How to Butcher Bone-in Venison Chops


How to Butcher Bone-in Venison Chops

When it comes to butchering a deer, there are many ways to do about it. And although I have never done up a deer in the way this guy does, it’s worth a look at the very least.

I’ve always just taken out the backstrap whole, but this video shows how to cut it into bone-in steaks or chops instead.

To begin with, this guy is using a huge knife for this job. Something smaller has always been a lot more handy for me on the 60+ deer that I’ve cut up, but he seems to be used to it. I’m mentioning it so inexperienced folks don’t think they need to rush out and get a big ol’ knife.

He first carves off part of the backstrap. I generally go higher (up behind the hams a bit) myself.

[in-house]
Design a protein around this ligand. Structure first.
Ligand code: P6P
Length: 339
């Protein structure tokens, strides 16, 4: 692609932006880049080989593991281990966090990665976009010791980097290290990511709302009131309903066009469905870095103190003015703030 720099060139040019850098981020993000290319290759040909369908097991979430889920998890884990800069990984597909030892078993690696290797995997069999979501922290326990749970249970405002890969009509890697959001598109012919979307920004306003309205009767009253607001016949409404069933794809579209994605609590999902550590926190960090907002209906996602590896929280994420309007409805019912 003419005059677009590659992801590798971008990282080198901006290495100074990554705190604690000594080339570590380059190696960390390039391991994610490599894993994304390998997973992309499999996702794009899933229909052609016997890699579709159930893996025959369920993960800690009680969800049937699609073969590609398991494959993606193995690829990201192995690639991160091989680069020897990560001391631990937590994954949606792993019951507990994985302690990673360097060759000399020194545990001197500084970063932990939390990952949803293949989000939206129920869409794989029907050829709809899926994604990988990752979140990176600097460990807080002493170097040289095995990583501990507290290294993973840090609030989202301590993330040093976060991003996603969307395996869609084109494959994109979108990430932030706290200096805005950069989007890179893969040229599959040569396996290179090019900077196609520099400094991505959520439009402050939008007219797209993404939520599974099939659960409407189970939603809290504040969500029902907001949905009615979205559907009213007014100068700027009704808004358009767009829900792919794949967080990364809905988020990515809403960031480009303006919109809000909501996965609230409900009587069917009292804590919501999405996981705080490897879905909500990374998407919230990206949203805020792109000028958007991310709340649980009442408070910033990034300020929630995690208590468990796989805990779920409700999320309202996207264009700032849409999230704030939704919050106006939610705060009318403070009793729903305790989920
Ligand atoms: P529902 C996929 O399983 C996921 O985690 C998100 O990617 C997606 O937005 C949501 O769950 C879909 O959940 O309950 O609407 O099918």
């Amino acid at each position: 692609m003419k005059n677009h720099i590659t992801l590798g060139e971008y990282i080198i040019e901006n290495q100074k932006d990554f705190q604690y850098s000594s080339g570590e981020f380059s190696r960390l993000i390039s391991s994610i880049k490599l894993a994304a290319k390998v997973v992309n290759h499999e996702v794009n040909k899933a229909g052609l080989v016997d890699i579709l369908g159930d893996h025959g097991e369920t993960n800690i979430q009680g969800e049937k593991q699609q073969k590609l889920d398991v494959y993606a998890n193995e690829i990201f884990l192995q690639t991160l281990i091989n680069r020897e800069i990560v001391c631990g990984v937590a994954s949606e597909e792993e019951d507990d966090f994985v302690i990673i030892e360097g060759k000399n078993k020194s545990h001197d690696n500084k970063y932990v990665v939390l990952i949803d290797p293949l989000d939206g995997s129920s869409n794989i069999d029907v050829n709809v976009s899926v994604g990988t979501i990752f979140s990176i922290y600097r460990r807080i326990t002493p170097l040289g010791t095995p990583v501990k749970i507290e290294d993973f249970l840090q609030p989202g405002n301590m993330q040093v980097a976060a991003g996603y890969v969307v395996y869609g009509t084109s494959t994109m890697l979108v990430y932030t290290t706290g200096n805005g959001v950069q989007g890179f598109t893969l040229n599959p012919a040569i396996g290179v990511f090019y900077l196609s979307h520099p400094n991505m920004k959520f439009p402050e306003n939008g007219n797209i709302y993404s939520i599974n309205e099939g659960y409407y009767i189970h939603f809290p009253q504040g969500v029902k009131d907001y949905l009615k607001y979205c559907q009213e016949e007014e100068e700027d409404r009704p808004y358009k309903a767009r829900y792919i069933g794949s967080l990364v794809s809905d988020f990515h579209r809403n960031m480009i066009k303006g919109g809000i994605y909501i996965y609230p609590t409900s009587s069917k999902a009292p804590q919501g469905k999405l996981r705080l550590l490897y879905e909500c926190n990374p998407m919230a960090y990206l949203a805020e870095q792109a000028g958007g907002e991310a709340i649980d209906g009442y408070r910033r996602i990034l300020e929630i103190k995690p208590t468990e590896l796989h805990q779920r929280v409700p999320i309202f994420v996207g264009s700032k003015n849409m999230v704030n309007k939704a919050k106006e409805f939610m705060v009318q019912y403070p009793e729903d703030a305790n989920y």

Why do people feel the need to add background music to videos? It’s pretty much worthless — except when someone is also talking. Then it’s worse than worthless, because it interferes with what you’re trying to hear. But I digress.

Then he saws down the ribcage using a miter box saw. I would recommend using two hands, but perhaps he thought that would obstruct the video camera.

A few steps later he’s removed a hunk from the deer and headed inside to the cutting board, where he trims away tough sinew as well as way too much of the fat. I’m not sure why he feels the need to remove every trace of fat from a chop that’s going to cook up dry anyhow because it’s so lean.

Am I the only one who laughs at the idea that “two or three” of these would be enough for a hungry man?

Anyhow, enjoy.

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